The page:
OK, it wasn't quite that melodramatic, but each element packs a wallop, even if you saw it coming. Each one can be debated from here until opening day. Go figure: In a season being sold as a youth movement, it was the movement of an old guy that caused the biggest buzz. (Speaking of the vaunted Mariners youth movement, I'm still trying to figure out where Figgins fits into that; but I guess there are 36 million reasons to take one last shot at resurrecting his Seattle career, at the temporary expense of one of their purported future cornerstones, Kyle Seager.)

Ichiro, meanwhile, turned 38 last October, and now he will be asked to re-invent himself. And do so in the spot in the batting order many consider to be the most crucial — the one traditionally reserved for the team's best hitter.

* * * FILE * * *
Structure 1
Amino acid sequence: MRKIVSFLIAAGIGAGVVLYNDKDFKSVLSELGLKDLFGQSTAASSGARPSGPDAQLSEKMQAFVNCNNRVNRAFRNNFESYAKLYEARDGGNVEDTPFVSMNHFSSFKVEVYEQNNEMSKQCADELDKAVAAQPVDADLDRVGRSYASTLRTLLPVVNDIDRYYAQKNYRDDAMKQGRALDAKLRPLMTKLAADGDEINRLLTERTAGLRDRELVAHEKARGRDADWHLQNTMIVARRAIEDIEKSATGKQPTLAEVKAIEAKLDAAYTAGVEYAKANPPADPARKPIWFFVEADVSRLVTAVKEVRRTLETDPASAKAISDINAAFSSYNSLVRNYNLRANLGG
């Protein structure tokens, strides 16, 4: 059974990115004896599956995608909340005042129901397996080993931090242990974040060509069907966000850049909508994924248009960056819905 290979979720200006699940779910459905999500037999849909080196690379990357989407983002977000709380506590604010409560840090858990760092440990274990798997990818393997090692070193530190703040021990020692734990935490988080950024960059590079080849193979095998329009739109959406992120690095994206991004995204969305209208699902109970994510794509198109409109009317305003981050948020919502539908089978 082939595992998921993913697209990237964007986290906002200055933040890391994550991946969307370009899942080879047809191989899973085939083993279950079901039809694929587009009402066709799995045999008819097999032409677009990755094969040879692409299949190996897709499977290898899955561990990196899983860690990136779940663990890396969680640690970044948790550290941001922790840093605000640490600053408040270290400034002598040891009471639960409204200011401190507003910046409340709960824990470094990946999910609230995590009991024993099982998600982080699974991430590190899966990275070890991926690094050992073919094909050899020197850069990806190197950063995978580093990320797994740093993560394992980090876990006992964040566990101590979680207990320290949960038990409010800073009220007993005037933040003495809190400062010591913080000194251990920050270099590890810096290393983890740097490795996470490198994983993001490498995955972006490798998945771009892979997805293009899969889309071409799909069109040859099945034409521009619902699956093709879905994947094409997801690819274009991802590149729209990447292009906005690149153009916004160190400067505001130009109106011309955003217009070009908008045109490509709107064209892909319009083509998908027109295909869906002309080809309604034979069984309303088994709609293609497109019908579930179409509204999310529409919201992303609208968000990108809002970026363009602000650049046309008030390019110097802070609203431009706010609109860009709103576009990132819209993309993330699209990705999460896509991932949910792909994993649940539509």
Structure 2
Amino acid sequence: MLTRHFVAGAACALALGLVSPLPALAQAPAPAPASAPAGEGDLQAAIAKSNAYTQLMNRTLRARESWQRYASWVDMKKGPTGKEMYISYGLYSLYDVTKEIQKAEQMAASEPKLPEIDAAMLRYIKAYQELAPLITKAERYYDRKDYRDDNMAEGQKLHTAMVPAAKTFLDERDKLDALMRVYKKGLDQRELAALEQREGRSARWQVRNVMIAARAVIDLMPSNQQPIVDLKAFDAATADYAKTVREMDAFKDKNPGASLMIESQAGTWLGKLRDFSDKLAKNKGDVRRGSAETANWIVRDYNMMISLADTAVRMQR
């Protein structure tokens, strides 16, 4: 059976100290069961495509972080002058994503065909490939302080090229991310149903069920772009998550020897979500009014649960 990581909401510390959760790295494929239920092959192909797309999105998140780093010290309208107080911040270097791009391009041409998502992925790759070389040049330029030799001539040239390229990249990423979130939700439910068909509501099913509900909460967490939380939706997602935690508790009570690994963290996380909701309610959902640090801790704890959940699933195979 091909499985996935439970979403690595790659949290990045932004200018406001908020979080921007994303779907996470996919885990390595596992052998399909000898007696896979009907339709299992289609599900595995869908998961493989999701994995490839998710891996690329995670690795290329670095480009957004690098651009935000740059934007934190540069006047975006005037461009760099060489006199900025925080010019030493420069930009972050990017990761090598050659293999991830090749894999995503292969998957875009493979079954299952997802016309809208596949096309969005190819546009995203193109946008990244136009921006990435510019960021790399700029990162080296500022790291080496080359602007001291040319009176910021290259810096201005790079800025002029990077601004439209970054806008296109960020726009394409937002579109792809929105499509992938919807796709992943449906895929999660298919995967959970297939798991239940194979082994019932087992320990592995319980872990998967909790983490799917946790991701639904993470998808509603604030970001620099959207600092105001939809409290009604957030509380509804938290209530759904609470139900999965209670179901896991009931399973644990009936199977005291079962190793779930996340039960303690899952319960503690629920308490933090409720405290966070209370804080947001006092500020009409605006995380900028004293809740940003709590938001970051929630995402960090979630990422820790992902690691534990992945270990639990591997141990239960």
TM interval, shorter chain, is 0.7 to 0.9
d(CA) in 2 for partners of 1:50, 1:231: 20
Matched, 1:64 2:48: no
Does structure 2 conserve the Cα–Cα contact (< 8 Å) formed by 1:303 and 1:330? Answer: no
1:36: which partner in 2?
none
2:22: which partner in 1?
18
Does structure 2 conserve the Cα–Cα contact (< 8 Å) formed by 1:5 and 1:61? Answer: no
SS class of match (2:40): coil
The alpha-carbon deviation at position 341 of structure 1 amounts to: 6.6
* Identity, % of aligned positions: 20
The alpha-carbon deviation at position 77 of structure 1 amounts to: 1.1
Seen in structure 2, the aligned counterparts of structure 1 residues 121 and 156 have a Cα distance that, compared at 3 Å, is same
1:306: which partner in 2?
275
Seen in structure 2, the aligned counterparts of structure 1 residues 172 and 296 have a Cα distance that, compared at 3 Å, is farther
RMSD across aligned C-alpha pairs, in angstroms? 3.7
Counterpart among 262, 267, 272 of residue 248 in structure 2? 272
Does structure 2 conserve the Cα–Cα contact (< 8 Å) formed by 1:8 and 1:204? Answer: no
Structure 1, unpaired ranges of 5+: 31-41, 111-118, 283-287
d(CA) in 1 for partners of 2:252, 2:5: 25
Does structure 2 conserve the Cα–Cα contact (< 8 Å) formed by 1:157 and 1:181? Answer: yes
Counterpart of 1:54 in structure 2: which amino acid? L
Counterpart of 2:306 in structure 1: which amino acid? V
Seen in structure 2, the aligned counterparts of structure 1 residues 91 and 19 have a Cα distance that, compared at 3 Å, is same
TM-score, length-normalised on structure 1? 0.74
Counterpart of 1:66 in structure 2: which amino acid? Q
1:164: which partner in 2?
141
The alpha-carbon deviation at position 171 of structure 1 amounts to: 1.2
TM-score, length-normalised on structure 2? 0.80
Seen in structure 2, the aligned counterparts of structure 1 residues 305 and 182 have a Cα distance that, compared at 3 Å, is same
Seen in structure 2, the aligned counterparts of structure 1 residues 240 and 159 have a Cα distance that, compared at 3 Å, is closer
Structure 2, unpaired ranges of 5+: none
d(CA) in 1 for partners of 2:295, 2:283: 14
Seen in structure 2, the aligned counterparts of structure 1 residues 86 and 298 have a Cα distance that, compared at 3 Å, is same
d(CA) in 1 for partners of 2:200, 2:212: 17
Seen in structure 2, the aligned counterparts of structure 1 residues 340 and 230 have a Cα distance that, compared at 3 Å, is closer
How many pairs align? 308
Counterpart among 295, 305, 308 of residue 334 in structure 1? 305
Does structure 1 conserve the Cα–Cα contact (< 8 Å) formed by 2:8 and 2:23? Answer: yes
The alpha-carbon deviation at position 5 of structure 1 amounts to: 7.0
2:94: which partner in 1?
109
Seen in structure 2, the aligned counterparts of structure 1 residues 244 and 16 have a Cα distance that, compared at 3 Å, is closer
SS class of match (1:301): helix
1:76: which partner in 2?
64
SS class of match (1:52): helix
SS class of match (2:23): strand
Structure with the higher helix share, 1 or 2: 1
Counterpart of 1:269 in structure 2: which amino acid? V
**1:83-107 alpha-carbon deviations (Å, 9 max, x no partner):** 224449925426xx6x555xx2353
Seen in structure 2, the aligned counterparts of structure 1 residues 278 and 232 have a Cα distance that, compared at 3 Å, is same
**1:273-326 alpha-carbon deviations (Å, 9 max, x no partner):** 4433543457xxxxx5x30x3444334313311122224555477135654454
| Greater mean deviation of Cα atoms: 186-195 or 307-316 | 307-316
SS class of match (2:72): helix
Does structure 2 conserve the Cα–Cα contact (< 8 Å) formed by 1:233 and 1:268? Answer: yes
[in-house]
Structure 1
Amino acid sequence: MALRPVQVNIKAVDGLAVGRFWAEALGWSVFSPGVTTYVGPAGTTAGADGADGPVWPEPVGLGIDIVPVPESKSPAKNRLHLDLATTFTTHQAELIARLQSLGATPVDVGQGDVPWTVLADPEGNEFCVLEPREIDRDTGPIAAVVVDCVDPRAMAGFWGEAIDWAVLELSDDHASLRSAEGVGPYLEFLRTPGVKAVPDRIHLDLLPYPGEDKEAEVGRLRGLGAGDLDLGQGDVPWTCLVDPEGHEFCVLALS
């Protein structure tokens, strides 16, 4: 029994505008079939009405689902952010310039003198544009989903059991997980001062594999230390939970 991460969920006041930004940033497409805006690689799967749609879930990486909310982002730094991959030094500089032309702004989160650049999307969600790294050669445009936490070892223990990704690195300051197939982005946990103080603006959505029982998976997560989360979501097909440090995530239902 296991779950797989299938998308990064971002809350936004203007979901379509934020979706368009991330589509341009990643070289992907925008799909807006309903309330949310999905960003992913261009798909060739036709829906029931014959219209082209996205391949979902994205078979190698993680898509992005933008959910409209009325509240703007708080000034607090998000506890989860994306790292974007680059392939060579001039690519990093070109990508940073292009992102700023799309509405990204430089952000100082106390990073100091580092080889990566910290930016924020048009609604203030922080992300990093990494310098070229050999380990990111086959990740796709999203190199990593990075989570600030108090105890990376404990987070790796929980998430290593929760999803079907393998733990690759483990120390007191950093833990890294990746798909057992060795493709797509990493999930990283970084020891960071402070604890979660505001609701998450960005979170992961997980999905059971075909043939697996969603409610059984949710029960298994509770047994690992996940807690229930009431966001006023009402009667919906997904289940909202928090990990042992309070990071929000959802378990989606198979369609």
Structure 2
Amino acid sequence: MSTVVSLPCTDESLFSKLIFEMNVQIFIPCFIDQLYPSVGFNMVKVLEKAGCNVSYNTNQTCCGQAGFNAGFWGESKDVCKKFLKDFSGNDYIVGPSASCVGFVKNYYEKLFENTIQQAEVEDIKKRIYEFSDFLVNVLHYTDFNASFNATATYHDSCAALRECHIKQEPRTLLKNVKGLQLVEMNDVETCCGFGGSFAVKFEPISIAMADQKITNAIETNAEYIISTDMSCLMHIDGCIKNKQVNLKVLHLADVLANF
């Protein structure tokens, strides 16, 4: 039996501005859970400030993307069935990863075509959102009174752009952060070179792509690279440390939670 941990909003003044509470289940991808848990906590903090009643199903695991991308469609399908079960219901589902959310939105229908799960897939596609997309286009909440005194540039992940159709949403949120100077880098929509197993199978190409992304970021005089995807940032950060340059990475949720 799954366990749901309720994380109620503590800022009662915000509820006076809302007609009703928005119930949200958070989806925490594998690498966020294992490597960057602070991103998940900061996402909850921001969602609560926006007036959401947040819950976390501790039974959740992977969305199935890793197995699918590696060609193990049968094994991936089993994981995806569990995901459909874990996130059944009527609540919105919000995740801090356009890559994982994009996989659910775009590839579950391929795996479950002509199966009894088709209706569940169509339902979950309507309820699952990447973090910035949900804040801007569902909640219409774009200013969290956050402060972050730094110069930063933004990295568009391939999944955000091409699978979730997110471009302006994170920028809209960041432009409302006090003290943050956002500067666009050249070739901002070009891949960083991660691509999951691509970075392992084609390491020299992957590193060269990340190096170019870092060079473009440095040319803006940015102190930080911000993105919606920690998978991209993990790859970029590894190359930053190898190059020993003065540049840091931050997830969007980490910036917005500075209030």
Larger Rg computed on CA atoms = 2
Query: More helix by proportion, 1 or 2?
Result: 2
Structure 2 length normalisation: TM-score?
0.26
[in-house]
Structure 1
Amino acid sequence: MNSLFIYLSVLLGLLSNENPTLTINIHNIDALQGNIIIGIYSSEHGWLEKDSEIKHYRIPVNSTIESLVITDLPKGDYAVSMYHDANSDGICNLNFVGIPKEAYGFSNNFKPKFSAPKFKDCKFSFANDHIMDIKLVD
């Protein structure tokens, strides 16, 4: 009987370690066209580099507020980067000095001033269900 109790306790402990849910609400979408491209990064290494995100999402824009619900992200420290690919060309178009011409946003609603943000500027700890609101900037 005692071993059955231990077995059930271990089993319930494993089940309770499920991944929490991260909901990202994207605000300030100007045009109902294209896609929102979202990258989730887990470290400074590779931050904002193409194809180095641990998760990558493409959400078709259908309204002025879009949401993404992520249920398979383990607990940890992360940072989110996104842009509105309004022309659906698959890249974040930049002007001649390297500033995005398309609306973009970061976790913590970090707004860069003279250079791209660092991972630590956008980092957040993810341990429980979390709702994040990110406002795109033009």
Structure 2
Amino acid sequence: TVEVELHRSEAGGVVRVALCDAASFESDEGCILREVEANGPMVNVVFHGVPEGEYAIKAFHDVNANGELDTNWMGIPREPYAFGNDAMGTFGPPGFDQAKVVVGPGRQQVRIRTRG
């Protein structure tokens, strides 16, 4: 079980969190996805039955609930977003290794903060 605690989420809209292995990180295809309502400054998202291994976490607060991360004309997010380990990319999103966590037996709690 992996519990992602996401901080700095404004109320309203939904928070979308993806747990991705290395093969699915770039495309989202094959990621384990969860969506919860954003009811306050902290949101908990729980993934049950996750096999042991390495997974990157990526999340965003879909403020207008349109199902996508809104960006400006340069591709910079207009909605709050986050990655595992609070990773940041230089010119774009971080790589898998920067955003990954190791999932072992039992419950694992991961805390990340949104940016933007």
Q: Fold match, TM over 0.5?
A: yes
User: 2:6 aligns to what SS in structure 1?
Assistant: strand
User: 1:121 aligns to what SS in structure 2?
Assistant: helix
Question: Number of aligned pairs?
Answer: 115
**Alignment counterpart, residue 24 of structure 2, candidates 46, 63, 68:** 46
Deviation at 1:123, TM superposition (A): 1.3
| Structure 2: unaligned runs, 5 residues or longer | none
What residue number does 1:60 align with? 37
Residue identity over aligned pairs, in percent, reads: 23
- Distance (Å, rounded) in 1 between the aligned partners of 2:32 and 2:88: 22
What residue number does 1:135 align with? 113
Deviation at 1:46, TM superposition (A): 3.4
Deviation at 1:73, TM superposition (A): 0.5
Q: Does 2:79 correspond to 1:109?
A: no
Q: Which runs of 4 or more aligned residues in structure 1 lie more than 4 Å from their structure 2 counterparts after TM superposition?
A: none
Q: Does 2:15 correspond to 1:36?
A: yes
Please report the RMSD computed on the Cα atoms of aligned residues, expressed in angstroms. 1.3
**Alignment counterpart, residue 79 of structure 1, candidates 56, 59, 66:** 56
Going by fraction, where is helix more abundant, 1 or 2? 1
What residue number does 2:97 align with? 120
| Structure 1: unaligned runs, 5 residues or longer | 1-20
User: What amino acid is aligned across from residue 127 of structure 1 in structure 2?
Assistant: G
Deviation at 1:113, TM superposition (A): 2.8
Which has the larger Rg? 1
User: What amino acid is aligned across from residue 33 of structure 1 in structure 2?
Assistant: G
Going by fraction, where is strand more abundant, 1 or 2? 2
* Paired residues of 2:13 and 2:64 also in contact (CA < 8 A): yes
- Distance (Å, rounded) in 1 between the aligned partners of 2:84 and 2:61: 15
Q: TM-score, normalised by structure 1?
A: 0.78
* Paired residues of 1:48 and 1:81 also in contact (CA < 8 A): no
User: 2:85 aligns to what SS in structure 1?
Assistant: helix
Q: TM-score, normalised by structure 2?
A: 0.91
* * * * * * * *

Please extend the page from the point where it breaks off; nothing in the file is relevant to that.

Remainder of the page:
That has clearly been Ichiro in the past, but it was not Ichiro last year, when his "slap and run" style stopped being effective. We are already seeing signs of what for him is a radical new approach.

For one thing, in batting practice Ichiro has unveiled a much wider, and more balanced, stance. For another, he's not lifting his front leg, not perceptibly. His hands are lower. And, putting it all into action, he seems much more intent on scalding line drives than the slashing style of old.